Published on in Vol 25 (2023)

Preprints (earlier versions) of this paper are available at, first published .
Prototyping Apps for the Management of Sleep, Fatigue, and Behavioral Health in Austere Far-Forward Environments: Development Study

Prototyping Apps for the Management of Sleep, Fatigue, and Behavioral Health in Austere Far-Forward Environments: Development Study

Prototyping Apps for the Management of Sleep, Fatigue, and Behavioral Health in Austere Far-Forward Environments: Development Study

Original Paper

1Noctem, LLC, Pittsburgh, PA, United States

2Department of Psychiatry, University of Pittsburgh School of Medicine, Pittsburgh, PA, United States

3Center for Military Psychiatry and Neurosciences, Walter Reed Army Institute of Research, Silver Spring, MD, United States

4TechWerks, LLC, Silver Spring, MD, United States

Corresponding Author:

Anne Germain, PhD

Noctem, LLC

218 Oakland Avenue

Pittsburgh, PA, 15213

United States

Phone: 1 412 897 3183


Background: Military service inherently includes frequent periods of high-stress training, operational tempo, and sustained deployments to austere far-forward environments. These occupational requirements can contribute to acute and chronic sleep disruption, fatigue, and behavioral health challenges related to acute and chronic stress and disruption of team dynamics. To date, there is no centralized mobile health platform that supports self- and supervised detection, monitoring, and management of sleep and behavioral health issues in garrison and during and after deployments.

Objective: The objective of this study was to adapt a clinical decision support platform for use outside clinical settings, in garrison, and during field exercises by medics and soldiers to monitor and manage sleep and behavioral health in operational settings.

Methods: To adapt an existing clinical decision support digital health platform, we first gathered system, content, and context-related requirements for a sleep and behavioral health management system from experts. Sleep and behavioral health assessments were then adapted for prospective digital data capture. Evidence-based and operationally relevant educational and interventional modules were formatted for digital delivery. These modules addressed the management and mitigation of sleep, circadian challenges, fatigue, stress responses, and team communication. Connectivity protocols were adapted to accommodate the absence of cellular or Wi-Fi access in deployed settings. The resulting apps were then tested in garrison and during 2 separate field exercises.

Results: Based on identified requirements, 2 Android smartphone apps were adapted for self-monitoring and management for soldiers (Soldier app) and team supervision and intervention by medics (Medic app). A total of 246 soldiers, including 28 medics, received training on how to use the apps. Both apps function as expected under conditions of limited connectivity during field exercises. Areas for future technology enhancement were also identified.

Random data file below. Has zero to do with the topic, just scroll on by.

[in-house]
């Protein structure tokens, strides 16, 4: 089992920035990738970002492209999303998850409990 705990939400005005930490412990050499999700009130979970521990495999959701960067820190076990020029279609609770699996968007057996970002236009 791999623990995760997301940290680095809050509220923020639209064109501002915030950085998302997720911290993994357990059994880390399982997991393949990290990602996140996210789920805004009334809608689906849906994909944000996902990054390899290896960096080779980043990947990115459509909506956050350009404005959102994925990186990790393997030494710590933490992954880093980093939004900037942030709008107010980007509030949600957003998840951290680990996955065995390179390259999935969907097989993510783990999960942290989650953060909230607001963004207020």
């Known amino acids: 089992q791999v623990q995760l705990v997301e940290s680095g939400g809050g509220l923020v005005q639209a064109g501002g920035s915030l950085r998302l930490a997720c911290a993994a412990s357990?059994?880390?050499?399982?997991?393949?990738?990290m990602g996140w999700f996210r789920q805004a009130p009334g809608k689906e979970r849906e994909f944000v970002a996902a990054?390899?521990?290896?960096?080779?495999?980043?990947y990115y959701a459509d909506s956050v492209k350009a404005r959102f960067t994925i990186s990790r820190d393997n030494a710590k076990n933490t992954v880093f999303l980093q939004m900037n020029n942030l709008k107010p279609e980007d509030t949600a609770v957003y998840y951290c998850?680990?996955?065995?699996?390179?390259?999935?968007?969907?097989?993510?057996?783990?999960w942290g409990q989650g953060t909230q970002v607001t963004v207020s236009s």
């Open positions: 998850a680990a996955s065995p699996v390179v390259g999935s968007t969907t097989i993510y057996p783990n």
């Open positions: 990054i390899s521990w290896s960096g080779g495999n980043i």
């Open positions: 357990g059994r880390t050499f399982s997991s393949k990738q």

Conclusions: We demonstrated the feasibility of adapting a clinical decision support platform into Android smartphone–based apps to collect, save, and synthesize sleep and behavioral health data, as well as share data using adaptive data transfer protocols when Wi-Fi or cellular data are unavailable. The AIRE (Autonomous Connectivity Independent System for Remote Environments) prototype offers a novel self-management and supervised tool to augment capabilities for prospective monitoring, detection, and intervention for emerging sleep, fatigue, and behavioral health issues that are common in military and nonmilitary high-tempo occupations (eg, submarines, long-haul flights, space stations, and oil rigs) where medical expertise is limited.

J Med Internet Res 2023;25:e40640



Military service is a demanding and high-risk occupation that includes frequent periods of accelerated operational tempo and deployments to austere far-forward environments. These occupational demands contribute to curtailed and disrupted sleep, circadian misalignment, fatigue, and a variety of behavioral health challenges including stress and compromised team dynamics. Together, these challenges degrade readiness and mission performance, impair critical cognitive abilities, increase the risk of medical and psychiatric disorders, and elevate the risk of injuries and costly or fatal mishaps [1,2]. For example, acute combat stress can incapacitate a soldier, or prolonged stress can lead to marked performance degradation, which may in turn require a medical evacuation, and adversely impact team functioning [3,4]. Over the past decade, psychiatric conditions have been among the most common reasons for medical evacuations [5-7].

The Department of Defense and military leadership have increasingly recognized the negative consequences of insufficient sleep and fatigue, behavioral health challenges, and poor team dynamics on armed forces readiness and performance [8-12]. In response, several new initiatives and programmatic changes have been implemented. For example, the Department of the Army renamed its physical readiness training field manual to Health and Holistic Fitness and updated it to include information on sleep management, mental readiness, relationships and communication, and mindfulness training [13]. The Air Force Integrated Resilience Directorate sponsored research for the Getting to Outcomes content area module for Air Force sleep health promotion to develop appropriate sleep promotion initiatives, and the US Navy has implemented scheduling changes that are more aligned with circadian rhythms [14-16]. Similarly, the Army’s Center for the Army Profession and Leadership added assessment tools and training focused on building mutual trust within a squad [17]. Although these changes are helpful, fewer initiatives have focused on increasing support for soldiers when they are in far-forward environments with less support and more austere conditions, and they face surges of personal and operational stress. In future combat environments, it is expected that behavioral health service resources will become even more limited [18], yielding greater demand on forward medical assets, like medics, to address sleep and behavioral health problems without specialty behavioral health support [9].